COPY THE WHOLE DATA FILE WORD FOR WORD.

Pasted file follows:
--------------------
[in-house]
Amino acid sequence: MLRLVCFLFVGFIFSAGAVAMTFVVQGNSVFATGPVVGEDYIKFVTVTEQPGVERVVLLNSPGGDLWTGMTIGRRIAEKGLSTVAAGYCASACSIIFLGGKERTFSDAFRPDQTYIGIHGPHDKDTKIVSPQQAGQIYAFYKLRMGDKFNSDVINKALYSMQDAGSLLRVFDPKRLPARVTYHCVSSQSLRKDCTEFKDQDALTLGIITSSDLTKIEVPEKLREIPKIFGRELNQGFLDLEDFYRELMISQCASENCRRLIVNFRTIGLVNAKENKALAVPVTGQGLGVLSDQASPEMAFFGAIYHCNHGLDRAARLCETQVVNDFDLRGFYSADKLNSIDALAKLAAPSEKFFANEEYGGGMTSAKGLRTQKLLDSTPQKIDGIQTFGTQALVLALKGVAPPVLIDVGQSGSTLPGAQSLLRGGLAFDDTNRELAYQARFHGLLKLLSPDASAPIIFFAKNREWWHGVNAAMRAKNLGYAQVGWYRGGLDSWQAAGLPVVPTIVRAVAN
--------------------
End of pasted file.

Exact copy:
[in-house]
Amino acid sequence: MLRLVCFLFVGFIFSAGAVAMTFVVQGNSVFATGPVVGEDYIKFVTVTEQPGVERVVLLNSPGGDLWTGMTIGRRIAEKGLSTVAAGYCASACSIIFLGGKERTFSDAFRPDQTYIGIHGPHDKDTKIVSPQQAGQIYAFYKLRMGDKFNSDVINKALYSMQDAGSLLRVFDPKRLPARVTYHCVSSQSLRKDCTEFKDQDALTLGIITSSDLTKIEVPEKLREIPKIFGRELNQGFLDLEDFYRELMISQCASENCRRLIVNFRTIGLVNAKENKALAVPVTGQGLGVLSDQASPEMAFFGAIYHCNHGLDRAARLCETQVVNDFDLRGFYSADKLNSIDALAKLAAPSEKFFANEEYGGGMTSAKGLRTQKLLDSTPQKIDGIQTFGTQALVLALKGVAPPVLIDVGQSGSTLPGAQSLLRGGLAFDDTNRELAYQARFHGLLKLLSPDASAPIIFFAKNREWWHGVNAAMRAKNLGYAQVGWYRGGLDSWQAAGLPVVPTIVRAVAN